People in recovery or on a spiritual quest are often told to “Keep the faith” or “Trust your higher power.” But what if you don’t have a deity to turn to, or you’ve never learned how to “Turn it over.” Under these circumstances, such clichés can sound like a bunch of gibberish. Before we can have such blind faith, we must learn how.
Finding Your Own Higher Power
God doesn’t have to be the same for everyone. For example, most agnostics reject God because of early childhood indoctrination or simply don’t believe what they were taught in the first place. Likewise, many people have difficulty reconciling a “loving God” who would allow people to suffer unimaginable hardships. But instead of rejecting religion as the sole source of God, each person should find a higher power that resonates with their own center of truth.
You can decide what works for you. Think of a time that you felt so at peace, that you were in a stress-free zone without any awareness of a troubled mind. Some people feel like this when seeing an inspirational movie or reading an enlightening book. Others feel totally connected to love when fishing, gardening, or walking in the woods. Some people are euphoric when helping others. Hobbies, music, sunsets, meditation, walks on the beach, staring at the stars are other ways to connect to inner calm and light that transcends worry and pain.
It doesn’t matter your higher power as long as you achieve conscious contact with a higher consciousness when connecting to that energy.
Learning There’s More than Meets the Eye
Trusting an unseen force is an oxymoron. How do you trust something you never see? But if you think about it, you trust something you don’t see every moment of your life. You’re trusting the sun will rise and set, that everything around you stays put, and that there’s a universal intelligence that maintains cosmic order – including chaos as part of that order.
To develop trust, you must know when to act and when to stay out of the way. And if you don’t refrain from taking control, you’ll never learn to trust.
Obviously, if someone is in a life-threatening situation, you don’t just stand back and watch. But there’s a difference between a real threat and an imaginary danger. And there’s a difference between helping and enabling. Imagine your teaching a child how to swim, and she refuses to hold her breath or kick her legs. You’re afraid the child will drown, so you keep rescuing her, no matter how exhausted you become. A good gulp of water could be highly motivating. She will then internalize the value of swimming rather than being directed through life without understanding why.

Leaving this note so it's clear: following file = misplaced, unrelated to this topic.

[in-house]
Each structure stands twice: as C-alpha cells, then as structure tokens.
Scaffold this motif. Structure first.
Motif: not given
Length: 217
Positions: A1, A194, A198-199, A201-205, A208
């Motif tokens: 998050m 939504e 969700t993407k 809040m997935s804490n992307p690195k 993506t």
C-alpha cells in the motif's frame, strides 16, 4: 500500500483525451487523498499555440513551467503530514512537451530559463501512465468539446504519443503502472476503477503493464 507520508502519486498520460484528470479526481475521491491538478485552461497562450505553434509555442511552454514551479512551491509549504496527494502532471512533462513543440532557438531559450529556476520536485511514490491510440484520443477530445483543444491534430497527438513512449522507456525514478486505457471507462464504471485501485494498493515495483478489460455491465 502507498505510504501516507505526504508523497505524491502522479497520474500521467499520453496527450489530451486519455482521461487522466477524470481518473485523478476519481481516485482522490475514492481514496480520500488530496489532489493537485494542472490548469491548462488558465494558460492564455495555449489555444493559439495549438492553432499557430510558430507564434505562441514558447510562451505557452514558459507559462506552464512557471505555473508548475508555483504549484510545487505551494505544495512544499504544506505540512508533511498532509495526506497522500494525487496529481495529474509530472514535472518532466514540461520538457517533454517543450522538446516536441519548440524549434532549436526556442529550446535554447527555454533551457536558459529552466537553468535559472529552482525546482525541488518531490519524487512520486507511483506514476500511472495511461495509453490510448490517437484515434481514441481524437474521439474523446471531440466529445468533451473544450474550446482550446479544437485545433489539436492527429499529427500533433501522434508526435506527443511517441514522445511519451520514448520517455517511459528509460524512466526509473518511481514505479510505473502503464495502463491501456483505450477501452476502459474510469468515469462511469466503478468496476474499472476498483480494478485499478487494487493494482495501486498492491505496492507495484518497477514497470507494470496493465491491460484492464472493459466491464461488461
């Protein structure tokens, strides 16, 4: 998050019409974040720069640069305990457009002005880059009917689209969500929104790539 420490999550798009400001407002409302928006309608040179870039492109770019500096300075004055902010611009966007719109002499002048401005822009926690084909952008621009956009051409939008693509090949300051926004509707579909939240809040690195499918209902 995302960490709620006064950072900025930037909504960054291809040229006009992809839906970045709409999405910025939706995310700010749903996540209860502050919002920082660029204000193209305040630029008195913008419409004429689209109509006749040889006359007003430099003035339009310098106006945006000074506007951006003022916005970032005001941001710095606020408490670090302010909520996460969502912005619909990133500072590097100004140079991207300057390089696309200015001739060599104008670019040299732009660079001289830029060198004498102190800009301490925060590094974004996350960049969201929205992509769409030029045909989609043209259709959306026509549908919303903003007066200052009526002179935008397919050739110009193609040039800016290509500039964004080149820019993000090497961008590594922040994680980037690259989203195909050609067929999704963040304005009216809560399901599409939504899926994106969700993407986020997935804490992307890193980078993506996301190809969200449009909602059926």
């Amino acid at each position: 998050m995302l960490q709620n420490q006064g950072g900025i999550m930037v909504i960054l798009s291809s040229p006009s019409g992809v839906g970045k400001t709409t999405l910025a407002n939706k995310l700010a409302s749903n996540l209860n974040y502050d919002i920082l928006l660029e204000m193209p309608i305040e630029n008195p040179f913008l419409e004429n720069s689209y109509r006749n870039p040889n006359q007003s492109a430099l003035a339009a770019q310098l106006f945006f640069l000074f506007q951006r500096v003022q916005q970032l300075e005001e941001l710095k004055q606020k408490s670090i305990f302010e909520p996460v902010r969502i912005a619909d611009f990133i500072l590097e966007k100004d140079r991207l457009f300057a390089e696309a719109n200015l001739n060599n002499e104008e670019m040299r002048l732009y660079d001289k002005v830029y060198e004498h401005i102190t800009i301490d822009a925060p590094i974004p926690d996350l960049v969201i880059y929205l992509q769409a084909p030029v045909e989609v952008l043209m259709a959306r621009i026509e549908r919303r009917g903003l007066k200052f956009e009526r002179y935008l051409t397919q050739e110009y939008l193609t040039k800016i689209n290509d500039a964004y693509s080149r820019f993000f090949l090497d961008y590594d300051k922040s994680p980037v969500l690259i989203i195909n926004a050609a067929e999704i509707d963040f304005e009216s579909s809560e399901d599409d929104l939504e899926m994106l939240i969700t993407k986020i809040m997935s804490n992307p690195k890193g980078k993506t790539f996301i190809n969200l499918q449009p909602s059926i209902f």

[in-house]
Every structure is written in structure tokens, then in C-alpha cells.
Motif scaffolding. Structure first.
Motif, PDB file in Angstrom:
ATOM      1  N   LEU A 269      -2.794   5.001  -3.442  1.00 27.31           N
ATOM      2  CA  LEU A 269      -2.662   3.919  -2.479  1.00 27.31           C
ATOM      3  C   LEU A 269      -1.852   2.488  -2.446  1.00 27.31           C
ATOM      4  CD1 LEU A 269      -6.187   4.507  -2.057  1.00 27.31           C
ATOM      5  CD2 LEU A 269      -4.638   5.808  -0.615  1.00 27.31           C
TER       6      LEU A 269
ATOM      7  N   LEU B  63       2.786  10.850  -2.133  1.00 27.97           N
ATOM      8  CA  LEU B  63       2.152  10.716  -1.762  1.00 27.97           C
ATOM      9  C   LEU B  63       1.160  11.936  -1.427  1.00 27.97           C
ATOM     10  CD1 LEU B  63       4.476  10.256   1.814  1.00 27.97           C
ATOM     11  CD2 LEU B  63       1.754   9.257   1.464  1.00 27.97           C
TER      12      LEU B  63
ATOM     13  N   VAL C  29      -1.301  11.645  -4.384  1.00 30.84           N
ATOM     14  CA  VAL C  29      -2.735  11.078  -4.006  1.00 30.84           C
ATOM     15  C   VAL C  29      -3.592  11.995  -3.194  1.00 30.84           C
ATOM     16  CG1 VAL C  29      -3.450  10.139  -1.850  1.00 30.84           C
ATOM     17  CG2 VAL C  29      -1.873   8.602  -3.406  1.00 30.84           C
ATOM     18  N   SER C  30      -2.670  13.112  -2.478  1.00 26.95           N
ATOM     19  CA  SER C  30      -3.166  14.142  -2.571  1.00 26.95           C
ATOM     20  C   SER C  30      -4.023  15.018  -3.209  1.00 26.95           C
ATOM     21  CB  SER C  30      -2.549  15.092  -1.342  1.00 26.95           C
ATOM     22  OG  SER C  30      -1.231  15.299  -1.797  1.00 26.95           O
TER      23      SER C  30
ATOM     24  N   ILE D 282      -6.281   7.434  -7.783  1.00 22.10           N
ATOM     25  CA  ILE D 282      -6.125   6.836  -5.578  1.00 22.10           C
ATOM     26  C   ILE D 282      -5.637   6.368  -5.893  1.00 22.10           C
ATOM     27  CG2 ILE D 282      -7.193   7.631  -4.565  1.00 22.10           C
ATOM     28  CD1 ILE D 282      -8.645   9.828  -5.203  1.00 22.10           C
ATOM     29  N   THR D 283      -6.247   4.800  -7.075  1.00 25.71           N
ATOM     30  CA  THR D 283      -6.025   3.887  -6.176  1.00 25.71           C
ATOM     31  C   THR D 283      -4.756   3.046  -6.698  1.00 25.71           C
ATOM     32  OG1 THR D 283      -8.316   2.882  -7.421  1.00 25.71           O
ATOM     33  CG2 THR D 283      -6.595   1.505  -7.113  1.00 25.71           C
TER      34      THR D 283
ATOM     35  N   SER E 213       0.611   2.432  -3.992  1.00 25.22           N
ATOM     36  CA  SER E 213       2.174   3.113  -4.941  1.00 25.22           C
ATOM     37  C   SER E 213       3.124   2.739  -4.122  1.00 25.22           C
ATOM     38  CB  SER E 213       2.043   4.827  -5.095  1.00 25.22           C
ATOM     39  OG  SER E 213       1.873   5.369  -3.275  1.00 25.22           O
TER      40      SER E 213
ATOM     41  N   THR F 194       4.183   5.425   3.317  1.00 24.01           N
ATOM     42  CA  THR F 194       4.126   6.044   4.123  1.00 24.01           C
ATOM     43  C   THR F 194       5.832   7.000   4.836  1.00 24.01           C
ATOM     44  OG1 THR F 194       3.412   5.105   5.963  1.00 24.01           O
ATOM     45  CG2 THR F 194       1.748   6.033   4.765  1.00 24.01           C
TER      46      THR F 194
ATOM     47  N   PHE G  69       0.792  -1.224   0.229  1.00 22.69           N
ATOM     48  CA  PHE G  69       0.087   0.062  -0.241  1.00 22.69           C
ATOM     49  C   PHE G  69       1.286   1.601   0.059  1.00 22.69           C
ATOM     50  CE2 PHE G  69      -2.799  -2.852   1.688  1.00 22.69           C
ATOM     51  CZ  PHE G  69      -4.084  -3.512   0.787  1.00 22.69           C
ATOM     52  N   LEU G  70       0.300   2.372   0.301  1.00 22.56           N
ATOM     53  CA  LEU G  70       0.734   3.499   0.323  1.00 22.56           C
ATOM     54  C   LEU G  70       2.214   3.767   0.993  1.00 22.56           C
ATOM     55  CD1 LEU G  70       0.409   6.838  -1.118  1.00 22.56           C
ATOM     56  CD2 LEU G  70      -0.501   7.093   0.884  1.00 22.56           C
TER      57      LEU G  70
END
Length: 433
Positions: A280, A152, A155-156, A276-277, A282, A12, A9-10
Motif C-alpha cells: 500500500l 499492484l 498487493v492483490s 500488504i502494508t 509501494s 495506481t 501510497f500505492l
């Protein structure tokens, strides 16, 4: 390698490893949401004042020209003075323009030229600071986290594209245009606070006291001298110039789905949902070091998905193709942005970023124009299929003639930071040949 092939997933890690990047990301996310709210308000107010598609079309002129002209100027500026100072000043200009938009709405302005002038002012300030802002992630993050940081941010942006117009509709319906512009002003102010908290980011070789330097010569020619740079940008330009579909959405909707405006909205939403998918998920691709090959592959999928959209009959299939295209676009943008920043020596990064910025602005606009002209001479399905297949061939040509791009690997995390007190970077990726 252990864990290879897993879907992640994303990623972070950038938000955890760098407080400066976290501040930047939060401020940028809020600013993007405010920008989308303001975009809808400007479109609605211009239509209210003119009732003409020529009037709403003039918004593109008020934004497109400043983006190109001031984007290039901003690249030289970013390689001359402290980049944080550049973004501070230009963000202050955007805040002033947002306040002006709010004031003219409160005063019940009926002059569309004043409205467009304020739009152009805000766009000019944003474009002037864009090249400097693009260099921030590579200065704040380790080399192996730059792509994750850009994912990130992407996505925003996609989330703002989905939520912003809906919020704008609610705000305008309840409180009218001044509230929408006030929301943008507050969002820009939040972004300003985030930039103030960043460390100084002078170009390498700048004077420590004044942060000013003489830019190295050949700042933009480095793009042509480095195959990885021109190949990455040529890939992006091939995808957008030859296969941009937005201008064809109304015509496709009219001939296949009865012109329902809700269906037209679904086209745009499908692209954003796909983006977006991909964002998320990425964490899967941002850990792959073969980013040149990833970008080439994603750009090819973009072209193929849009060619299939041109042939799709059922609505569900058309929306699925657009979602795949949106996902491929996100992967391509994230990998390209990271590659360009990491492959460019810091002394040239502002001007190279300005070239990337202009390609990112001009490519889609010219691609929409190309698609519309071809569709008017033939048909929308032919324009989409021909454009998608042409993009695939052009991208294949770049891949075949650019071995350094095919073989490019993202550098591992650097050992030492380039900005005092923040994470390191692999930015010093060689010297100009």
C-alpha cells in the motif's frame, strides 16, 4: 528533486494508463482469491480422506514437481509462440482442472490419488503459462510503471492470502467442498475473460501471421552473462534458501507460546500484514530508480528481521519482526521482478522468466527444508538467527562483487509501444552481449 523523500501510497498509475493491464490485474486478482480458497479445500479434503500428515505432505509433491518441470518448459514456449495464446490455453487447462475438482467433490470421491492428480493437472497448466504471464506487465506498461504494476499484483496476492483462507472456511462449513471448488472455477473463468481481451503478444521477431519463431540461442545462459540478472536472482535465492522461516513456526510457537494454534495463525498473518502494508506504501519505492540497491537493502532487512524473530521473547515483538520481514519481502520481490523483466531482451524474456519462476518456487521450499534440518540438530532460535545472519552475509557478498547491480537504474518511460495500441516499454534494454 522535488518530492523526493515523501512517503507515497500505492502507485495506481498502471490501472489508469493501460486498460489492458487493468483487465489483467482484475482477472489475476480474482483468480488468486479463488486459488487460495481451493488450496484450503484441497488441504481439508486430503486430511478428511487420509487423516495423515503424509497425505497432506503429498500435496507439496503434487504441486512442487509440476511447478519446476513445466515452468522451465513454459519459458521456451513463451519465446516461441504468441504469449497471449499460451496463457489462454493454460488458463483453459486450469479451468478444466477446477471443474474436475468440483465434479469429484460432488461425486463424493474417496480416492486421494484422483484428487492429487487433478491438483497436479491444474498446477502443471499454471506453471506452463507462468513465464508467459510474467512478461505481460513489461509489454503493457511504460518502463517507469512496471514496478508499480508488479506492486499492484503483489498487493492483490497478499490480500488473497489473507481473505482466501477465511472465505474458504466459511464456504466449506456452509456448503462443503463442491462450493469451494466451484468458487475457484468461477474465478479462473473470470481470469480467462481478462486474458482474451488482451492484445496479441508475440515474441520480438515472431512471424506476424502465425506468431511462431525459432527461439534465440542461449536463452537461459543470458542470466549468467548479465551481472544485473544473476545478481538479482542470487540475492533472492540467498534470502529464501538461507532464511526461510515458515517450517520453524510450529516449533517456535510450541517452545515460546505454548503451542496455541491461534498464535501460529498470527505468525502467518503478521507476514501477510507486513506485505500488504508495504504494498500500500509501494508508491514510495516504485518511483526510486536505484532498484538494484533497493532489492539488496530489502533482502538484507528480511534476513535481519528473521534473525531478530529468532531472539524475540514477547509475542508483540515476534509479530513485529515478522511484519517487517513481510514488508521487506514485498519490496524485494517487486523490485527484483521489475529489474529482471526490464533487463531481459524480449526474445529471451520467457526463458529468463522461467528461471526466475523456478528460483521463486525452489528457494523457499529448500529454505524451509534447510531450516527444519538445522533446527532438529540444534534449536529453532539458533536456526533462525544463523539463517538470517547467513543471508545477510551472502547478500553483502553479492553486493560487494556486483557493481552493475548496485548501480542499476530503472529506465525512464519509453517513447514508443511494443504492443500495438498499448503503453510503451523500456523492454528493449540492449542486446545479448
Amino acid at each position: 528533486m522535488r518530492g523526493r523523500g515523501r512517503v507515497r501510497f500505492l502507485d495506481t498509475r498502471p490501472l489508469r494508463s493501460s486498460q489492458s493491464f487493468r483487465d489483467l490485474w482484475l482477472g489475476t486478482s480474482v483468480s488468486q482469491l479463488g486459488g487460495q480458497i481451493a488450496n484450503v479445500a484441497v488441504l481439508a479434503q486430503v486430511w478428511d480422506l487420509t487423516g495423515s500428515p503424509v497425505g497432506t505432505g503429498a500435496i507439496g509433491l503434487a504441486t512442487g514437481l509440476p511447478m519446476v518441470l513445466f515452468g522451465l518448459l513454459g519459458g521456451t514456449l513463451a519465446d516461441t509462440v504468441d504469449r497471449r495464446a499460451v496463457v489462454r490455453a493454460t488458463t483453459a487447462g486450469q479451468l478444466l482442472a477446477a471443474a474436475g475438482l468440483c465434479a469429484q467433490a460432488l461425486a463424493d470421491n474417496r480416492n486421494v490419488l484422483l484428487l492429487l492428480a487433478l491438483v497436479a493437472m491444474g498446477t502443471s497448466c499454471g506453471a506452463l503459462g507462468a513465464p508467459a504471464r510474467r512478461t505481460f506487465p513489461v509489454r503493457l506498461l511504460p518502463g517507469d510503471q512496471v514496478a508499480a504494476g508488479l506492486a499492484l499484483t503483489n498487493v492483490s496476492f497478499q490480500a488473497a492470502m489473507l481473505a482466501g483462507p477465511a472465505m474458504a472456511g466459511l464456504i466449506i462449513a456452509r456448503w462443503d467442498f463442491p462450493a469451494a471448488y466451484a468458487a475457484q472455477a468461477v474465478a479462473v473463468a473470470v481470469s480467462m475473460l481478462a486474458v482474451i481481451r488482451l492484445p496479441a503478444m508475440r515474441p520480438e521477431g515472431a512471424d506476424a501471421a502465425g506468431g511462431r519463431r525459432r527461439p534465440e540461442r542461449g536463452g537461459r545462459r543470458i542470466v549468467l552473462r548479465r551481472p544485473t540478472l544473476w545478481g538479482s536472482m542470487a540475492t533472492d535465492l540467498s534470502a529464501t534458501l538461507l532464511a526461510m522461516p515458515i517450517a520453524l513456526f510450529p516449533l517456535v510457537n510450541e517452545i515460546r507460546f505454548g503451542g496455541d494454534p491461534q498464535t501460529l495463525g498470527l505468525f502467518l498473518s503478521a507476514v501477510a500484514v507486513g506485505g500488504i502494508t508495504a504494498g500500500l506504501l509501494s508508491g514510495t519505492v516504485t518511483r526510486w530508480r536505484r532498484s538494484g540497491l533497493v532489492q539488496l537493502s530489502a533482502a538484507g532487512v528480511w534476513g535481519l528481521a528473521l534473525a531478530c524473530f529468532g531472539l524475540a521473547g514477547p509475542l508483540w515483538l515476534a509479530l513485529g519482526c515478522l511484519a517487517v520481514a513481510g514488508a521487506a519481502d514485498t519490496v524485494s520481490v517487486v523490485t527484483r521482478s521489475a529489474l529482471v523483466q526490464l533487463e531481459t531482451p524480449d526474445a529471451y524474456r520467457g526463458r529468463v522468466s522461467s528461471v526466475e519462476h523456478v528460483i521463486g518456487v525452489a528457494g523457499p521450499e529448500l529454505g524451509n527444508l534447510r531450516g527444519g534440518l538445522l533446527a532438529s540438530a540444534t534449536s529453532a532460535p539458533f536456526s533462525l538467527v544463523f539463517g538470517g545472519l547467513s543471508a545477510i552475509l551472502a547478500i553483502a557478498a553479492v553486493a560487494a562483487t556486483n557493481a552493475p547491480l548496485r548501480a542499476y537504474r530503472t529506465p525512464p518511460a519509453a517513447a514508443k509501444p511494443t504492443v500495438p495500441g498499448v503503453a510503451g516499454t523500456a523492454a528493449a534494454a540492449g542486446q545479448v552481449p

And while it might seem crazy to step back and allow life to play out, it’s the only way that life can work out for the best. If you’ve done what you can to accomplish a goal and then sit back and allow things to fall into place, the results are usually better than forcing an outcome.
Only by waiting and then witnessing the miracle, you develop faith. Then, after a few times of “Letting go and letting God” (whatever you conceive God to be), you’ll have grown enough spiritual muscle that you aren’t driven by fears that control your every action. Only then can you do the footwork and let the unseen forces of love do the rest.
If you don’t believe this, I challenge you to try it a few times. Do your part and let life do the rest. Only then will you be able to judge for yourself whether you can trust yourself or something unseen to run the universe better. Unless you’re willing to enter the waiting room, you’ll never know the joy of trusting a loving, invisible, higher power that starts with faith and, over time, turns into complete trust.
Join our movement to save millions of lives from addiction.
Donna Marks believes that the models for diagnosis, treatment, and addiction have failed. Her mission is to help save at least one million lives by 2030, through education and prevention. She has been an author, consultant, educator, public speaker, licensed psychotherapist, and addictions counselor in private practice in Palm Beach, Florida for more than thirty years. In 1989, Dr. Marks developed a chemical dependency treatment program at Palm Beach Community College, that has since grown into a four-year degree program, and for which she was granted an Award of Appreciation. She became licensed as a Mental Health Counselor in 1987. In 1989, she earned a Doctorate Degree in Adult Education, then became a Certified Addictions Professional, Certified Gestalt Therapist, Certified Psychoanalyst, Hypnotherapist, and Certified Sex Therapist.
Dr. Marks is the author of the 22-award winning book, Exit the Maze: One Addiction, One Cause, One Cure.
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